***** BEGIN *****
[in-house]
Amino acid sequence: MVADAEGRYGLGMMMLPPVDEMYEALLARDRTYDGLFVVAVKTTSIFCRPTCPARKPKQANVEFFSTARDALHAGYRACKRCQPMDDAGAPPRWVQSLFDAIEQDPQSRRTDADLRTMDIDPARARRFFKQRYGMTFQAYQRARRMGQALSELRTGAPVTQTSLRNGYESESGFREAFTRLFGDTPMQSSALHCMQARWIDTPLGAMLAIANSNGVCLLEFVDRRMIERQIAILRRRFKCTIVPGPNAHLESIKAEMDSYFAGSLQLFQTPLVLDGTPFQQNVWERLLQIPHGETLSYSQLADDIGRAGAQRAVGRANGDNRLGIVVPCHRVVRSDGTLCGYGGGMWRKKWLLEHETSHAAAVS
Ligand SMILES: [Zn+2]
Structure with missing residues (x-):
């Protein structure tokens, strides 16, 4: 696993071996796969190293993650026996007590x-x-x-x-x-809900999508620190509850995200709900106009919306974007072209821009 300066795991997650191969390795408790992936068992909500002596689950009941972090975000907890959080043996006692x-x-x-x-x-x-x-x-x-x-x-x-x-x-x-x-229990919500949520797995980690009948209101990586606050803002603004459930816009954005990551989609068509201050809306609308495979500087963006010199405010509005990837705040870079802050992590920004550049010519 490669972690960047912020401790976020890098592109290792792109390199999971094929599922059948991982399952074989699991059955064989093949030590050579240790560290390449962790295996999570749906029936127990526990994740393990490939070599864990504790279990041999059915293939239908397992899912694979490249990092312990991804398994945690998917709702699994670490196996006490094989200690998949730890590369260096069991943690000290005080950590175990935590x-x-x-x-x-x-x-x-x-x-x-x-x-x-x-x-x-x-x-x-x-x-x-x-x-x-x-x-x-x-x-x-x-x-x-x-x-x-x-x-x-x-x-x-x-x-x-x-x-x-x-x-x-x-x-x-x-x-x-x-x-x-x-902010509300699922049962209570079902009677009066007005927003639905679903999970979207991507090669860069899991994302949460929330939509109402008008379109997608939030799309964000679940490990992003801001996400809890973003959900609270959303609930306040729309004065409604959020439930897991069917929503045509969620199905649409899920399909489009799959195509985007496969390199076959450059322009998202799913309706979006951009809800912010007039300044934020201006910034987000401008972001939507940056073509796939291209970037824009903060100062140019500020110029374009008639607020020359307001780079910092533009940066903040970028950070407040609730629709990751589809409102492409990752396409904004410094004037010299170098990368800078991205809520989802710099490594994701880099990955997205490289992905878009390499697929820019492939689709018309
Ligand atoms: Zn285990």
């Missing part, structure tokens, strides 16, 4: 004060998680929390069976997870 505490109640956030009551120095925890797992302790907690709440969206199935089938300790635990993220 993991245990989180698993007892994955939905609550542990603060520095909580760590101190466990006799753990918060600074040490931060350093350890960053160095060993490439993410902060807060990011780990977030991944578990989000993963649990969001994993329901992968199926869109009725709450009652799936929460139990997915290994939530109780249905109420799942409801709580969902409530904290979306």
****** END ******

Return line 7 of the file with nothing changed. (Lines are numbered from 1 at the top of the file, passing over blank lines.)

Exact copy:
């Missing part, structure tokens, strides 16, 4: 004060998680929390069976997870 505490109640956030009551120095925890797992302790907690709440969206199935089938300790635990993220 993991245990989180698993007892994955939905609550542990603060520095909580760590101190466990006799753990918060600074040490931060350093350890960053160095060993490439993410902060807060990011780990977030991944578990989000993963649990969001994993329901992968199926869109009725709450009652799936929460139990997915290994939530109780249905109420799942409801709580969902409530904290979306």